As you might expect, payment history is the most influential component in your credit score, followed closely by the amounts you owe. To lesser degrees, the length of time you’ve utilized credit, the number of new accounts or inquiries you have, and the various types of credit accounts you hold also impact your score. Overall reporting also looks at how these factors relate to each other in the context of your personal usage.
To help achieve or maintain a healthy score, always remember the following:
Have a system to assure your bills are always paid on time.
Avoid late payments or the excessive use of credit by maintaining a cash “cushion” to pay for unexpected expenses. Don’t “max out” your cards. It’s better to have a high credit limit with a low balance.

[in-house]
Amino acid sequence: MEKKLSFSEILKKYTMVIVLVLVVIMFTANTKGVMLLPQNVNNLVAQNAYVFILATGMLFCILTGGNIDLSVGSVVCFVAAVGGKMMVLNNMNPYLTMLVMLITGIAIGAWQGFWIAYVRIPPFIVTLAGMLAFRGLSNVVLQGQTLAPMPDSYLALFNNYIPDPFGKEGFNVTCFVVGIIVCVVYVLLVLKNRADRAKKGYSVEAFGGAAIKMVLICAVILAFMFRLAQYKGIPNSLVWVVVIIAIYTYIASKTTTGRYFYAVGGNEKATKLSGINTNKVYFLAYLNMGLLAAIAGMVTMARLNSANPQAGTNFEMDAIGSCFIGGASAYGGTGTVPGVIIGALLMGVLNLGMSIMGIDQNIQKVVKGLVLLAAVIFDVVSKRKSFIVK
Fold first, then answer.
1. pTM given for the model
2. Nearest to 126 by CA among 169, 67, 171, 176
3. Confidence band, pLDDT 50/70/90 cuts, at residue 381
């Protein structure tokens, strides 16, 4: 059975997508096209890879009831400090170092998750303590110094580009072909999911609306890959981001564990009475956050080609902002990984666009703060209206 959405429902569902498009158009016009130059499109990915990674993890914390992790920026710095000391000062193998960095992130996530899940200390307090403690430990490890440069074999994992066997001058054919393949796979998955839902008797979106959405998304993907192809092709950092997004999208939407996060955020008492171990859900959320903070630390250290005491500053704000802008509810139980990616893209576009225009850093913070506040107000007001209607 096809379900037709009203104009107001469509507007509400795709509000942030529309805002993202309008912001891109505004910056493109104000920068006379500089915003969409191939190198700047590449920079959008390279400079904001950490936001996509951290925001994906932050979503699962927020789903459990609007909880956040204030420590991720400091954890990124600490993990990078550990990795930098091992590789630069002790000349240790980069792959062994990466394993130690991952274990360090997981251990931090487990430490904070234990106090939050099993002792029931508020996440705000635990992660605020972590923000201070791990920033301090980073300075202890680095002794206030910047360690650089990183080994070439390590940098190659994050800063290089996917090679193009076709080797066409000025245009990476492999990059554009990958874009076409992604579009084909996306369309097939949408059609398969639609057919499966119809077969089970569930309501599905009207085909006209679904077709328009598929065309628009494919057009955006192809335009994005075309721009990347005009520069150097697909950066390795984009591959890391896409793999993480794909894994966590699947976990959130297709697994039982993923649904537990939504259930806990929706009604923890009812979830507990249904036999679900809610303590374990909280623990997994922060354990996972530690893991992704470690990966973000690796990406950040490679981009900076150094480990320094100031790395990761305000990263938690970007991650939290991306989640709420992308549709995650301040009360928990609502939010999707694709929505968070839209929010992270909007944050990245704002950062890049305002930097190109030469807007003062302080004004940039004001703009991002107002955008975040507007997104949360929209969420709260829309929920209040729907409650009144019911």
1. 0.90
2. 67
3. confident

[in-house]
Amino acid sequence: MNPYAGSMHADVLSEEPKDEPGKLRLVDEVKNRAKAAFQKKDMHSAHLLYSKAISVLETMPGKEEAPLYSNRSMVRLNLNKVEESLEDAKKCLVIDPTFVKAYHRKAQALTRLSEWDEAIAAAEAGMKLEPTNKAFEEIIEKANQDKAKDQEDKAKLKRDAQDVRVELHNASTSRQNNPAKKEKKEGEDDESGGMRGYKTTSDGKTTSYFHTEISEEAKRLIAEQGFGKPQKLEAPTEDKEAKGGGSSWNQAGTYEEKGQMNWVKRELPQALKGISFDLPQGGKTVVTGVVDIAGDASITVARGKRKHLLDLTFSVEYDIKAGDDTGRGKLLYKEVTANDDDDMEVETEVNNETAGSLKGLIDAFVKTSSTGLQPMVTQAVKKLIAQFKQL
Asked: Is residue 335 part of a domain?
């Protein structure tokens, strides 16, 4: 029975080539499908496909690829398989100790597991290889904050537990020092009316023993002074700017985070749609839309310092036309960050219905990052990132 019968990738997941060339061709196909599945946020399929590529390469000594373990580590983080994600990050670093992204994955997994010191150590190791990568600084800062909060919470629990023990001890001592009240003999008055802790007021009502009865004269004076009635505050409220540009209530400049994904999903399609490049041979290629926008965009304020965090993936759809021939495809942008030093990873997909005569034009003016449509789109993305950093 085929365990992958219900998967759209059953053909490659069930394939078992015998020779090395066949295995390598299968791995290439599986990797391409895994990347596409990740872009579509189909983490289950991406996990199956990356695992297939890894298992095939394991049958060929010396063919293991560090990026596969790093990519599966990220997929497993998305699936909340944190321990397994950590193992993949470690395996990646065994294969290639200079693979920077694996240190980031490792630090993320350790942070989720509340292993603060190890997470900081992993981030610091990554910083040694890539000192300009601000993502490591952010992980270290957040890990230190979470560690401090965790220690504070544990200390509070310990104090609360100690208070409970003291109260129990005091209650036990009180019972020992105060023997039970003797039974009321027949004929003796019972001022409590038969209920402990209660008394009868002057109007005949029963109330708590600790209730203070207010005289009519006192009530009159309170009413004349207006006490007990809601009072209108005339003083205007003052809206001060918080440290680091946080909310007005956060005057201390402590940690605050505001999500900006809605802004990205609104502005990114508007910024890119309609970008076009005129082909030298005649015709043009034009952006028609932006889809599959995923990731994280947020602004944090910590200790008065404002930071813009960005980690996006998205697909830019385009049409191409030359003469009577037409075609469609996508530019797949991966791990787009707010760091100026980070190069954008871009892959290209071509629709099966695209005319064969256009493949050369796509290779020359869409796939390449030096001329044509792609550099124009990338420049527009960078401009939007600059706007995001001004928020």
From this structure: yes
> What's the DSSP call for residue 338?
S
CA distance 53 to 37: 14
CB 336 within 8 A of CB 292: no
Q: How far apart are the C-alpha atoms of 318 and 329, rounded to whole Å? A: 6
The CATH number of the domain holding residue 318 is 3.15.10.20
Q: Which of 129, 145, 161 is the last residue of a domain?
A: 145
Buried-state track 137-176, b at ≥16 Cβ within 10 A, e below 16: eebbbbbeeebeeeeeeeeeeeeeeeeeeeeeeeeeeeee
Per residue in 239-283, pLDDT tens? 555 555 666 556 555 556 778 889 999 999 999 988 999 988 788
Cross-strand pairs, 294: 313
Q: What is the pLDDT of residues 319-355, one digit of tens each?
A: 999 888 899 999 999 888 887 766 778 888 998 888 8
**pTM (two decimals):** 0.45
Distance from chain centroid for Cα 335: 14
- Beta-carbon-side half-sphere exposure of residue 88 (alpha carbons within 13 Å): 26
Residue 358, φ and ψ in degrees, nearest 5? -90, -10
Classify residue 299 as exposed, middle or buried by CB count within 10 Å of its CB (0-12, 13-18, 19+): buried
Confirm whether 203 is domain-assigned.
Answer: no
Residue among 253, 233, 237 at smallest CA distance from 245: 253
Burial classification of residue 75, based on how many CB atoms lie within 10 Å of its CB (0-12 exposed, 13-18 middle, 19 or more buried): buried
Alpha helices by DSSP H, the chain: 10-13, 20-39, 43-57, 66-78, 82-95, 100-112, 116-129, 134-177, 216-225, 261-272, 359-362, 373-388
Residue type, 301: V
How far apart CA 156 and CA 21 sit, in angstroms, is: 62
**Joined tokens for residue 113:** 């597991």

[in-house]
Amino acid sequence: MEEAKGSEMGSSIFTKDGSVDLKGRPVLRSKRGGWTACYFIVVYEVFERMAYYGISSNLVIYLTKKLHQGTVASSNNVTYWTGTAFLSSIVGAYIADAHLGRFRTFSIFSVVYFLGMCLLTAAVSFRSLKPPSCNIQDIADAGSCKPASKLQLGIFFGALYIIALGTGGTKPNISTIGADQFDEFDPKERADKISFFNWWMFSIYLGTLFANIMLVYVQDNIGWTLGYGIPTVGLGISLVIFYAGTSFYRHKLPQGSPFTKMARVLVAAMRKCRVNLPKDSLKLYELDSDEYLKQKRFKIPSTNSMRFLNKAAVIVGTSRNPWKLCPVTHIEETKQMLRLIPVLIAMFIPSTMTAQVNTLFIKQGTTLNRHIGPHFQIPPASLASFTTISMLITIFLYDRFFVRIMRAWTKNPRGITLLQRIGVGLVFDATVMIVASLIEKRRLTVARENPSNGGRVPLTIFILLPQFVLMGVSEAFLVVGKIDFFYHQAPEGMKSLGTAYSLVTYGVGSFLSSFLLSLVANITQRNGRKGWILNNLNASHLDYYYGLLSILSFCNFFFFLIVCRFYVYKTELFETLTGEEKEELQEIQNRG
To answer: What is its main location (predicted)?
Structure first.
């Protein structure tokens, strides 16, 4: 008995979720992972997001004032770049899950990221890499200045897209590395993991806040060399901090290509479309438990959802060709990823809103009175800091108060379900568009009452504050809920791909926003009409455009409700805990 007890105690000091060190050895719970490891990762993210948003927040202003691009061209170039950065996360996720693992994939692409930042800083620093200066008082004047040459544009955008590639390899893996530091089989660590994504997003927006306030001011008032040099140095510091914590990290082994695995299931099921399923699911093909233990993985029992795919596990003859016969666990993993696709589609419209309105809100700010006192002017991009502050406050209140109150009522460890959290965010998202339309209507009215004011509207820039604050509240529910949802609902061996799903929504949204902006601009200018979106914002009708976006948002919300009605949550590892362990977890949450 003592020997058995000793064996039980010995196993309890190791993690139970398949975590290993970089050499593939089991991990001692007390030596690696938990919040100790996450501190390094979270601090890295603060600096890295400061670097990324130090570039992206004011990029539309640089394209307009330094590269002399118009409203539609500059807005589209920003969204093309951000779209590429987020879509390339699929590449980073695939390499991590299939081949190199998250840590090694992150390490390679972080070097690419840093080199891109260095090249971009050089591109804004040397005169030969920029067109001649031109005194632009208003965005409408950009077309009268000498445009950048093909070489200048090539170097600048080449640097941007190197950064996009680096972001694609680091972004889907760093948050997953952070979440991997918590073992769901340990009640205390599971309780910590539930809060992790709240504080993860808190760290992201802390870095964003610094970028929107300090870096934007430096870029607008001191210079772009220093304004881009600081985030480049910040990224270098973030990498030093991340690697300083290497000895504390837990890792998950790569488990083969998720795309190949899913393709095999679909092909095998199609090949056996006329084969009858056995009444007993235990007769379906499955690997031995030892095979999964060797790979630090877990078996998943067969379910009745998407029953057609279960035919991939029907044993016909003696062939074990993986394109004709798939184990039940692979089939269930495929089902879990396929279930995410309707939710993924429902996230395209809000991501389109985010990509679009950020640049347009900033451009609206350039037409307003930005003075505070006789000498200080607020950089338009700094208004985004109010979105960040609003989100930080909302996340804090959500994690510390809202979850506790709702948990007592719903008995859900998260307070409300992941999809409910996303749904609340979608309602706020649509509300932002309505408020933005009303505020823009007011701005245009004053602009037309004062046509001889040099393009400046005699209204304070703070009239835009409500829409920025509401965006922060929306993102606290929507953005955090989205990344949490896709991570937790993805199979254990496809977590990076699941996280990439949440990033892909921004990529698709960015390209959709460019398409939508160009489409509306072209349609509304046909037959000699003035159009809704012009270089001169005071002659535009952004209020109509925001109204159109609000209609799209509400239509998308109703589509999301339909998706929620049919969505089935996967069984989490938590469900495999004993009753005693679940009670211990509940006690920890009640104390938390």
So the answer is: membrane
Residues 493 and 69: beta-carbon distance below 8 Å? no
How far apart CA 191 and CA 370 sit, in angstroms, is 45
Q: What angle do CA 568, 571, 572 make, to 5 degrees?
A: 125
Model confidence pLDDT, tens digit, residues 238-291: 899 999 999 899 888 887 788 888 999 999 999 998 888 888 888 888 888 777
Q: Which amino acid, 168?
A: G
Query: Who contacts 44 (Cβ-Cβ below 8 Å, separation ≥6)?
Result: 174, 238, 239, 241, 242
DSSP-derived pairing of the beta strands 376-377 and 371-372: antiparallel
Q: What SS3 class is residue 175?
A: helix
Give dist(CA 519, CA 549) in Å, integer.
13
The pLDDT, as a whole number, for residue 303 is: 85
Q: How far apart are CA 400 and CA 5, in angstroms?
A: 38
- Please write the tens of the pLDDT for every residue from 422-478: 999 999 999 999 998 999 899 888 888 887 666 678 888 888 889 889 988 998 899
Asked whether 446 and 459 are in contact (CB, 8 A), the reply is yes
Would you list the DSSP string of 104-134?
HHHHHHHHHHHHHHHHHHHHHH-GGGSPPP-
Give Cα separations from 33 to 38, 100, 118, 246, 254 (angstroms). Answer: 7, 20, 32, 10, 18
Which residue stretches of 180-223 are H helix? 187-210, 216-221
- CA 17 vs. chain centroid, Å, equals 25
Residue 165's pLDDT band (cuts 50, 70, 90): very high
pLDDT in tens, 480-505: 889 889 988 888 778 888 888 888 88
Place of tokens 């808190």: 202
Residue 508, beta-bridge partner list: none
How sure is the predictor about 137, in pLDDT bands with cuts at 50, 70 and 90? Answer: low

Never close old accounts as the age of these can actually help your score.
If you shop for credit, do so in the shortest time period possible to minimize inquiries counted against you.
Don’t be afraid to use credit. You need several accounts in order to have a credit score. Just be sure to keep corresponding payments within your means.
If you have established credit, don’t open new accounts solely for the sake of earning a discount on a new purchase. In the long run, you may spend more than you save up front by paying higher interest rates due to a lower score. Having more accounts also increases the task of making payments and the possibility of missing one.
If you need help understanding your credit… Homeowners Financial Group can help. This article is courtesy of them.